A Conflagration by J. Scott Brownlee

For my final blog post I have decided to annotate J. Scott Brownlee’s poem “A Conflagration” because the poem carries so much emotion and depth. I will be comparing this poem to an oil painting done by Albert Bierstadt that is also called “A Conflagration.” When I found this painting I was shocked at how two things that are completely different can relate so flawlessly.

The Conflagration

Brownlee’s poem begins with “my father’s heart burns a pillar of fire,” and these two lines set the depressing, flaming tone for the majority of the poem. The poem is a large metaphor that is comparing the narrator’s heart to a conflagration. This is a sign that the father has a medical problem with his heart that is “the size of an oak tree.” Having the ability to view the painting while reading this poem allows the reader to understand the flames and the true destruction that a fire can cause. Brownlee is proving his point that his father’s heart is going to ruins and spreading quickly just like a fire; which brings me to the conclusion that his father could possibly have cancer.

The narrator adds a complex emotional tone when stating that he is “helpless against the procession of it.” A son never wants to feel helpless when it comes to his father’s health, but he is helpless to the moving of his father’s illness much like humans are helpless to the moving of a conflagration. Brownlee continues to say that he is helpless to the rapid moving of it “through his chest into mine-” which could mean multiple things. I took this line to mean that because his father’s chest is being destroyed the son’s chest is going to ruins from heartbreak. This relates back to the painting because there could be multiple buildings that are destroyed from the fire in the picture just like multiple hearts are being destroyed.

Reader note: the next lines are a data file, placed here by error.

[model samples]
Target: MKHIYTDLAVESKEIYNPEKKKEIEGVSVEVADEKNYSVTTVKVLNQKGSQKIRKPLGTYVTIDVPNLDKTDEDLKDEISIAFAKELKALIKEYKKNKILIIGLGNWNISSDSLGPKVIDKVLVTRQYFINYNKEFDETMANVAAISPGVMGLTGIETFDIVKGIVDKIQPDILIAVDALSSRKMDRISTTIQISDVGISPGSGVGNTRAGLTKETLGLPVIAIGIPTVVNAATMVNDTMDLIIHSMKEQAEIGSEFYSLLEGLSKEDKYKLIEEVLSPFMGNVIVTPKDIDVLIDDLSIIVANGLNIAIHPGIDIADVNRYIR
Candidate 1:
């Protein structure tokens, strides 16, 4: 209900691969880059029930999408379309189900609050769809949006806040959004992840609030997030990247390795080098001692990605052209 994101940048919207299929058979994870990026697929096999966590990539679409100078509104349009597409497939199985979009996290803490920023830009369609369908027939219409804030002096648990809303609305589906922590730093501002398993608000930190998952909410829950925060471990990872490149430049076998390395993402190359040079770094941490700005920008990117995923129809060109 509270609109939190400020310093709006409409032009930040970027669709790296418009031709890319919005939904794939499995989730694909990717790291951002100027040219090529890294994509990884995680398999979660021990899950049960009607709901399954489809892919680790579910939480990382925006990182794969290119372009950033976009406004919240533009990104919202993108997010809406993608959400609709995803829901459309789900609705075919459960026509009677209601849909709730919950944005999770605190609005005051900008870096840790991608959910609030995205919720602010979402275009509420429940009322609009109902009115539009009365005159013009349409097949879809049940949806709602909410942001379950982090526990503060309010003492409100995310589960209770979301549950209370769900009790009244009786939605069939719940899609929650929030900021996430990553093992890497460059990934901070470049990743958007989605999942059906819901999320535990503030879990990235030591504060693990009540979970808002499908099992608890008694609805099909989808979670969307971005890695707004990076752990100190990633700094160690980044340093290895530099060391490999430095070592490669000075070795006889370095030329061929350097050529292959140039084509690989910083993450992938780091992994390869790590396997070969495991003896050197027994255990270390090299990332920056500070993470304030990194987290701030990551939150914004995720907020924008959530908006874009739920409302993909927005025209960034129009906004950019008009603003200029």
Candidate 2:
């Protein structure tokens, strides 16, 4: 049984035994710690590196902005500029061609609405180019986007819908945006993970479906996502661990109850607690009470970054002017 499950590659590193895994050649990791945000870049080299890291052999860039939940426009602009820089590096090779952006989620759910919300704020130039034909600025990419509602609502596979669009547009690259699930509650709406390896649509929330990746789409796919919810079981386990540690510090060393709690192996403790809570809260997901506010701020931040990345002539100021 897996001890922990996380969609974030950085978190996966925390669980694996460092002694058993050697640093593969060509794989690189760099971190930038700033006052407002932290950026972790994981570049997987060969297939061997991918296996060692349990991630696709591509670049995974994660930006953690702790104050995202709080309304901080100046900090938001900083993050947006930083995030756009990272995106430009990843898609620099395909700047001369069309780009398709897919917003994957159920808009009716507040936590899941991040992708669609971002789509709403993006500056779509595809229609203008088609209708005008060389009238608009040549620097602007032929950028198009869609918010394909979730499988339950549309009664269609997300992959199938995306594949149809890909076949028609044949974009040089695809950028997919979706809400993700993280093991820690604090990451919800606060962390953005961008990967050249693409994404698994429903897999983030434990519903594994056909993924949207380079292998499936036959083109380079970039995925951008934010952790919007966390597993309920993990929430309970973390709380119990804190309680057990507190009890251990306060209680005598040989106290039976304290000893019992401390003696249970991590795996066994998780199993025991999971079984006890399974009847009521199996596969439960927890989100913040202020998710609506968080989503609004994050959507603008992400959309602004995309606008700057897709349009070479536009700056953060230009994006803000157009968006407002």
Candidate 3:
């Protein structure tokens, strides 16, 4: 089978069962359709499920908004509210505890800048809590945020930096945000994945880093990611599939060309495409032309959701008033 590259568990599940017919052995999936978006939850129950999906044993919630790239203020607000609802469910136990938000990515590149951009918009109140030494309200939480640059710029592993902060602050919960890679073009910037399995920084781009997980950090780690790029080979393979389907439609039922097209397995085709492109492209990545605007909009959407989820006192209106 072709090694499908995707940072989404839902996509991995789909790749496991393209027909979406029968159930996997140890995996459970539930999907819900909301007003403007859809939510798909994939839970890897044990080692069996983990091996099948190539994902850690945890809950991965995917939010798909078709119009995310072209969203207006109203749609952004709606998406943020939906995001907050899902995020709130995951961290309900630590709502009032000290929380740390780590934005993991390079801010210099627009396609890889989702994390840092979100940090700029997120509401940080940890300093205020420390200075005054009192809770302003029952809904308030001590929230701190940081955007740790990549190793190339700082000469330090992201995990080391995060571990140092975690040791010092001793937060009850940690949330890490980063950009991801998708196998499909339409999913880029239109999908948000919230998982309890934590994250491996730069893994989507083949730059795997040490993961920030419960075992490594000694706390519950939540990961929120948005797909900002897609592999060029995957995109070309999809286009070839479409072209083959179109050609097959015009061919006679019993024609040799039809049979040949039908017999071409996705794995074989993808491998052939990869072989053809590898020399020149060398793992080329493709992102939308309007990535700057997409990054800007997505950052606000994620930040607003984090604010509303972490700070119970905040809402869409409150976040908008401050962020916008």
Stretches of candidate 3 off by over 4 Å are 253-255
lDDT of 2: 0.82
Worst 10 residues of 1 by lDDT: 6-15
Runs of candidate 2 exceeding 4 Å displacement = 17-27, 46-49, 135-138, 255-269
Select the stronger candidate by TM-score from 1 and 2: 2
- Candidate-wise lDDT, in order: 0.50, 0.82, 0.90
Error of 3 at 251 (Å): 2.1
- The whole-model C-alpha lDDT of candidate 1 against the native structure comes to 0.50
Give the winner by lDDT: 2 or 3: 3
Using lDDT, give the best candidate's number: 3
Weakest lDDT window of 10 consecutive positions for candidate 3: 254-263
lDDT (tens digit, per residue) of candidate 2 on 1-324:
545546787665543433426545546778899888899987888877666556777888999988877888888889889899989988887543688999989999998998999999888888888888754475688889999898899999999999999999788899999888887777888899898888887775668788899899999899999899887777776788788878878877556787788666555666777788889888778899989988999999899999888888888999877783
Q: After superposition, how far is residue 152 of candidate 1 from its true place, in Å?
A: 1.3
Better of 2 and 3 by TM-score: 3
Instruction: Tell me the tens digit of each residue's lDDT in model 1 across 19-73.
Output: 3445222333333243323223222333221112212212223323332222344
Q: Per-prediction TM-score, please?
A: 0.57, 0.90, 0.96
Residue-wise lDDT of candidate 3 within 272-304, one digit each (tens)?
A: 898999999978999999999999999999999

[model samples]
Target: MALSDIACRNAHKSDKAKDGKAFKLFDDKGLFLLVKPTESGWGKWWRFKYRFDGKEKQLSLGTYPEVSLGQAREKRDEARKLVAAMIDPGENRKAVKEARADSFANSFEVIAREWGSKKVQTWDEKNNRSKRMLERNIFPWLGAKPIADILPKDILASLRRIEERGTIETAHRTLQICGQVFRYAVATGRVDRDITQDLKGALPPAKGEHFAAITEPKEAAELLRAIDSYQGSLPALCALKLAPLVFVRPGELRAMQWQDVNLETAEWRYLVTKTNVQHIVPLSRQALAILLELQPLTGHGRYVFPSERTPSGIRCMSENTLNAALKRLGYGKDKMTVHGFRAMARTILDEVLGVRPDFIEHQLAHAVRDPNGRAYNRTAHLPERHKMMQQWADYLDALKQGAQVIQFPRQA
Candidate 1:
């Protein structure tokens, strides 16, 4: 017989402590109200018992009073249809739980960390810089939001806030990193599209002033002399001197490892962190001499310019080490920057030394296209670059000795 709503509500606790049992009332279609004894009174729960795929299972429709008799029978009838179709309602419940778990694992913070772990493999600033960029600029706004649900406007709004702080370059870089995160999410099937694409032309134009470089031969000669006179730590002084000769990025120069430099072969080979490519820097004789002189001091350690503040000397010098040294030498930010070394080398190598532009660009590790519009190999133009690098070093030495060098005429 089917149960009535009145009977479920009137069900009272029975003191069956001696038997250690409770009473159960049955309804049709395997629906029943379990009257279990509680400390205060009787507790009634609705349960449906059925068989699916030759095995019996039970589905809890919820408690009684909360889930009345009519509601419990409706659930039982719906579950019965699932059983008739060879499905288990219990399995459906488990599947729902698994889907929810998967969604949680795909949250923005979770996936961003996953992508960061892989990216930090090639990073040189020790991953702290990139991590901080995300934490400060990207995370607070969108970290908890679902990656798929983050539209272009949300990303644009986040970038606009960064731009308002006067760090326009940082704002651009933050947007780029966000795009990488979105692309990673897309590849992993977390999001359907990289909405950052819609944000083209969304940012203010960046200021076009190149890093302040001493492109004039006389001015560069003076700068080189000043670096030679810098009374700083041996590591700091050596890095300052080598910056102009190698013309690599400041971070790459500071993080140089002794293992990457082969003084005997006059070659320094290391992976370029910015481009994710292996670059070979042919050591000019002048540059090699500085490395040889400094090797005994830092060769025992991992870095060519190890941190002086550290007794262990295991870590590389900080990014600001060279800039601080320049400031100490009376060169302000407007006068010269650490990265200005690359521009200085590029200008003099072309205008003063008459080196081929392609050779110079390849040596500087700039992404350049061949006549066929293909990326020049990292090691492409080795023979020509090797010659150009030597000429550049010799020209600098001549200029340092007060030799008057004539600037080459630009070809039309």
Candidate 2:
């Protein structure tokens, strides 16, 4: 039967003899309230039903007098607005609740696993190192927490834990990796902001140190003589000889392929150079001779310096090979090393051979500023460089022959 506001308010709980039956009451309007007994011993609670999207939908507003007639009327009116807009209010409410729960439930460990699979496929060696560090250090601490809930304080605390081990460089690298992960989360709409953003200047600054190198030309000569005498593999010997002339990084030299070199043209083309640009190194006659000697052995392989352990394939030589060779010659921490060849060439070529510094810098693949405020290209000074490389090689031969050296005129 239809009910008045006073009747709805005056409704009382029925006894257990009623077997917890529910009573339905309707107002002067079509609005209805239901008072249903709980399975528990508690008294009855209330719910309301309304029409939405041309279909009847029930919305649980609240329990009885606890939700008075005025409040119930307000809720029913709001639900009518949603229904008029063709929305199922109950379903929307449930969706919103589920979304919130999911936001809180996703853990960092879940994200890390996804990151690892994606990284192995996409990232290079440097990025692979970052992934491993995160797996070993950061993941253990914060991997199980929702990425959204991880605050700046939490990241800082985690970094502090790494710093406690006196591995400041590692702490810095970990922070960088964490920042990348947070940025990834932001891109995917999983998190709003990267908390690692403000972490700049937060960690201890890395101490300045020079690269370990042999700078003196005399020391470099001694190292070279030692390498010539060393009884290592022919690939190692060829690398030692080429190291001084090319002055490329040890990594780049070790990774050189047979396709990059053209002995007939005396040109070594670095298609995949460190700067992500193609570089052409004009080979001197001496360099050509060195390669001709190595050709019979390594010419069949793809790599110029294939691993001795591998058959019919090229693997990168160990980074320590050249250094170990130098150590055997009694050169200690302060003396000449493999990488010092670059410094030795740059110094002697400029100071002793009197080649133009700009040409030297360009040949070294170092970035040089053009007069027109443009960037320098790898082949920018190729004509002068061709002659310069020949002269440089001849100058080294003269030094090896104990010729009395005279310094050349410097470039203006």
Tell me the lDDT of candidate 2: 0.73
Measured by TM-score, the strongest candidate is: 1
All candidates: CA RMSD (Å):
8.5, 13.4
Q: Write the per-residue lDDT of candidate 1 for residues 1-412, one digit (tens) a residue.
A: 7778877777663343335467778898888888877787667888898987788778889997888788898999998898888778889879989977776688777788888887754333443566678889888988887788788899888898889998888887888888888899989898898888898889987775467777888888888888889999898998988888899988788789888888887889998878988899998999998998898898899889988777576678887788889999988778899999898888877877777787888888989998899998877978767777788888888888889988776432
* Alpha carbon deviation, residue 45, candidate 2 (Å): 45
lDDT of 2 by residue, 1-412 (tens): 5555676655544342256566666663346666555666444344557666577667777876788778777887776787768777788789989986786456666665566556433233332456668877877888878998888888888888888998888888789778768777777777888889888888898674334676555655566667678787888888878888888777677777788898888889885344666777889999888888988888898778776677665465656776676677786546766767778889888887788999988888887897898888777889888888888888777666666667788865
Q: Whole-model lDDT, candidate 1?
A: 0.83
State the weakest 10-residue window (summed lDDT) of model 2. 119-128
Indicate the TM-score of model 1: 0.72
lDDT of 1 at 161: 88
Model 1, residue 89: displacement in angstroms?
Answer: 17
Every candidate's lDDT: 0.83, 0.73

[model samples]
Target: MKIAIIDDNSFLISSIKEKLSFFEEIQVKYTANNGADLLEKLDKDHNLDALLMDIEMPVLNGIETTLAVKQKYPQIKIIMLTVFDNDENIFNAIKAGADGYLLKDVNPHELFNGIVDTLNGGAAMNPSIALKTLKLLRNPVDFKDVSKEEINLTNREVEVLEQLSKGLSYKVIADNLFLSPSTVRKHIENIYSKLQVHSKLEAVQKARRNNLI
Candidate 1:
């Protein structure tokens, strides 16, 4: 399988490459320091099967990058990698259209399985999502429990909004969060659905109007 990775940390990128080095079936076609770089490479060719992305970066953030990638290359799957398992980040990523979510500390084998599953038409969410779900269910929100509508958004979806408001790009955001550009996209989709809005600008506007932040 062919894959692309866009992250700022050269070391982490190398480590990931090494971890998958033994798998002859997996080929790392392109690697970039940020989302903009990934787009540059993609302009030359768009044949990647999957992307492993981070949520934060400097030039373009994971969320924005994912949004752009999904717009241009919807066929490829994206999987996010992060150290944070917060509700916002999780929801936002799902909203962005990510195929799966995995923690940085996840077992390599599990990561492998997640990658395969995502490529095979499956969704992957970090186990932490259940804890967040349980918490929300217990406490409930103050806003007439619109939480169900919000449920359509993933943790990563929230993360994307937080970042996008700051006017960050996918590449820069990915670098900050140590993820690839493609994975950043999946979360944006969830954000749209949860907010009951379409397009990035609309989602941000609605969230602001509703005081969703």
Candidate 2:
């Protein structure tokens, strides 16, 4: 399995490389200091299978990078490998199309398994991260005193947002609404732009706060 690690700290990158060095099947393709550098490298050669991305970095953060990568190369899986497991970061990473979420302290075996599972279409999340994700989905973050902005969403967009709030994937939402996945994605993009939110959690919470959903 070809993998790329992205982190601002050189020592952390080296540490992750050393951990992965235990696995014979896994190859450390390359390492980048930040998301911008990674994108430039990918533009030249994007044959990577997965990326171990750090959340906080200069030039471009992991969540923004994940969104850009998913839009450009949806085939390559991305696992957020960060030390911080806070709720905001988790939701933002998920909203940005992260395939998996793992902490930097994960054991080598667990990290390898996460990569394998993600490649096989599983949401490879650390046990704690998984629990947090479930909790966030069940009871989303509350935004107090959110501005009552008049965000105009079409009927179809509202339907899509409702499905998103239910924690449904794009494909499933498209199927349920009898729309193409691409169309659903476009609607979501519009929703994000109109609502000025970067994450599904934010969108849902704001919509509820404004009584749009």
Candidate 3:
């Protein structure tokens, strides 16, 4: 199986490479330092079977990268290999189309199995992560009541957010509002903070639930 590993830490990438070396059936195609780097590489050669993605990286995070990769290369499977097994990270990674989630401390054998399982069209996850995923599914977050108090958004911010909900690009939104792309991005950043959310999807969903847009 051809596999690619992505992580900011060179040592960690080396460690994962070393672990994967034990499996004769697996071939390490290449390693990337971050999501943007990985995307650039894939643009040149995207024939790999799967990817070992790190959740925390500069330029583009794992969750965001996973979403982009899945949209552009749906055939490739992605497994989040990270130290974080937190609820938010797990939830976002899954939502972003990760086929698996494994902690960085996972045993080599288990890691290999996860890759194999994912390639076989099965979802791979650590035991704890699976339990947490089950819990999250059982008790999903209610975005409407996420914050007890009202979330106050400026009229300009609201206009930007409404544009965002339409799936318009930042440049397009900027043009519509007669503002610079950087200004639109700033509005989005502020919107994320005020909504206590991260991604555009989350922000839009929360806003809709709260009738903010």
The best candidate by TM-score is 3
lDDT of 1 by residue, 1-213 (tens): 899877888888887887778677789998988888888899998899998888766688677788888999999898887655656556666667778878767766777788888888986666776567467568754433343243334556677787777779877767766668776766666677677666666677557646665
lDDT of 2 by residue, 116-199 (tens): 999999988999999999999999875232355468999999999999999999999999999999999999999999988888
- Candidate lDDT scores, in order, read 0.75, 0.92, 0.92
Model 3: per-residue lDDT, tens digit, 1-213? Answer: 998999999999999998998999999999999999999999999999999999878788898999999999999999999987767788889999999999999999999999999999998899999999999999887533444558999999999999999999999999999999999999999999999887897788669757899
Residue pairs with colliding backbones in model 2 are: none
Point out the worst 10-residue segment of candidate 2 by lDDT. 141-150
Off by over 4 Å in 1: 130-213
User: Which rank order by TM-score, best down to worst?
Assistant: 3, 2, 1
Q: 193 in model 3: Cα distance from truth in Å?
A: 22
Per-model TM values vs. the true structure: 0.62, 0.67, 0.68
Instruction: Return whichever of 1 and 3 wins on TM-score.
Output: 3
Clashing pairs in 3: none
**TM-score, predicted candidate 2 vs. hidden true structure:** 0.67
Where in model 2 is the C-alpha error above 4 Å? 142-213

Within the third stanza Brownlee uses personification to say that his chest is “blind.” His chest could be blind because it does not fully comprehend exactly what is happening. In line 12 the narrator says that disease is symptom-less and blind before “igniting” just like a fire is not there before bursting into flames.

I love how Brownlee mentions that “love isn’t helpless” because he loves his father and knows that with love anything is possible. He then makes a reference to Heaven in the following two lines when he says that the “flames’ height insures he will be consecrated” because Heaven is known to be high in the sky and to be consecrated is to be dedicated formally for religious purposes. I admire how this relates to the painting because beside the flames there is a blue sky and white puffy clouds as a sign of hope.

The end of the poem concludes with his father not being able to speak with “tubes that root through him.” His voice is described as coming out as “fire.” This line will leave one speechless. A voice that comes out as fire represents that it comes out uncontrollably or that the fire from his heart is spreading all through his body and coming out of his mouth. It is beautiful that the poet connects the “heart” in the first line to the “fire” in the final line because it is the metaphor that makes up the whole poem.